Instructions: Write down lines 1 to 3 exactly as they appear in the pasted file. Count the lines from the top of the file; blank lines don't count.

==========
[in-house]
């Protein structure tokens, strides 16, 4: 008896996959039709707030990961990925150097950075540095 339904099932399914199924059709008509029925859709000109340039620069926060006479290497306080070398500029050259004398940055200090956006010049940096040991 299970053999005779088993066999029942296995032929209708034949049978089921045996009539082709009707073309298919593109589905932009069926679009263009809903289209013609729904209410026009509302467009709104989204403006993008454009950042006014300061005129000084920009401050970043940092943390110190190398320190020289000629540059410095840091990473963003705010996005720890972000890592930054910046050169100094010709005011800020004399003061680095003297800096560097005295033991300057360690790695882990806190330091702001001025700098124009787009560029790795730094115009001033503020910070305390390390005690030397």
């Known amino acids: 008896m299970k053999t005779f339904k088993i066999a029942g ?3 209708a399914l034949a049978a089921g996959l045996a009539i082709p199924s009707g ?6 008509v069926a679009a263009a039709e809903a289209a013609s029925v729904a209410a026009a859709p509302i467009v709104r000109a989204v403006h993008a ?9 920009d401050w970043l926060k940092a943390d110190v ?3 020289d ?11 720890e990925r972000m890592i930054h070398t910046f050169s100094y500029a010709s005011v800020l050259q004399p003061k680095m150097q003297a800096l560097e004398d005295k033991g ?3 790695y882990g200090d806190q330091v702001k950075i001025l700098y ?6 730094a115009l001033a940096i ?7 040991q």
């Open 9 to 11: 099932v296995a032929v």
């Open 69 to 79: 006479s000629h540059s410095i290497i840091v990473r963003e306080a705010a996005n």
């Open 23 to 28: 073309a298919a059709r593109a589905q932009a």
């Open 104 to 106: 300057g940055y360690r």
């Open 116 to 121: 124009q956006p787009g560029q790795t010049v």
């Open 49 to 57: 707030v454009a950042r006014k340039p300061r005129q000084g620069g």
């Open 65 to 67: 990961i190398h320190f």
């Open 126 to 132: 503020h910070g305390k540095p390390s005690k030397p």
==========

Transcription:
[in-house]
């Protein structure tokens, strides 16, 4: 008896996959039709707030990961990925150097950075540095 339904099932399914199924059709008509029925859709000109340039620069926060006479290497306080070398500029050259004398940055200090956006010049940096040991 299970053999005779088993066999029942296995032929209708034949049978089921045996009539082709009707073309298919593109589905932009069926679009263009809903289209013609729904209410026009509302467009709104989204403006993008454009950042006014300061005129000084920009401050970043940092943390110190190398320190020289000629540059410095840091990473963003705010996005720890972000890592930054910046050169100094010709005011800020004399003061680095003297800096560097005295033991300057360690790695882990806190330091702001001025700098124009787009560029790795730094115009001033503020910070305390390390005690030397």
């Known amino acids: 008896m299970k053999t005779f339904k088993i066999a029942g ?3 209708a399914l034949a049978a089921g996959l045996a009539i082709p199924s009707g ?6 008509v069926a679009a263009a039709e809903a289209a013609s029925v729904a209410a026009a859709p509302i467009v709104r000109a989204v403006h993008a ?9 920009d401050w970043l926060k940092a943390d110190v ?3 020289d ?11 720890e990925r972000m890592i930054h070398t910046f050169s100094y500029a010709s005011v800020l050259q004399p003061k680095m150097q003297a800096l560097e004398d005295k033991g ?3 790695y882990g200090d806190q330091v702001k950075i001025l700098y ?6 730094a115009l001033a940096i ?7 040991q």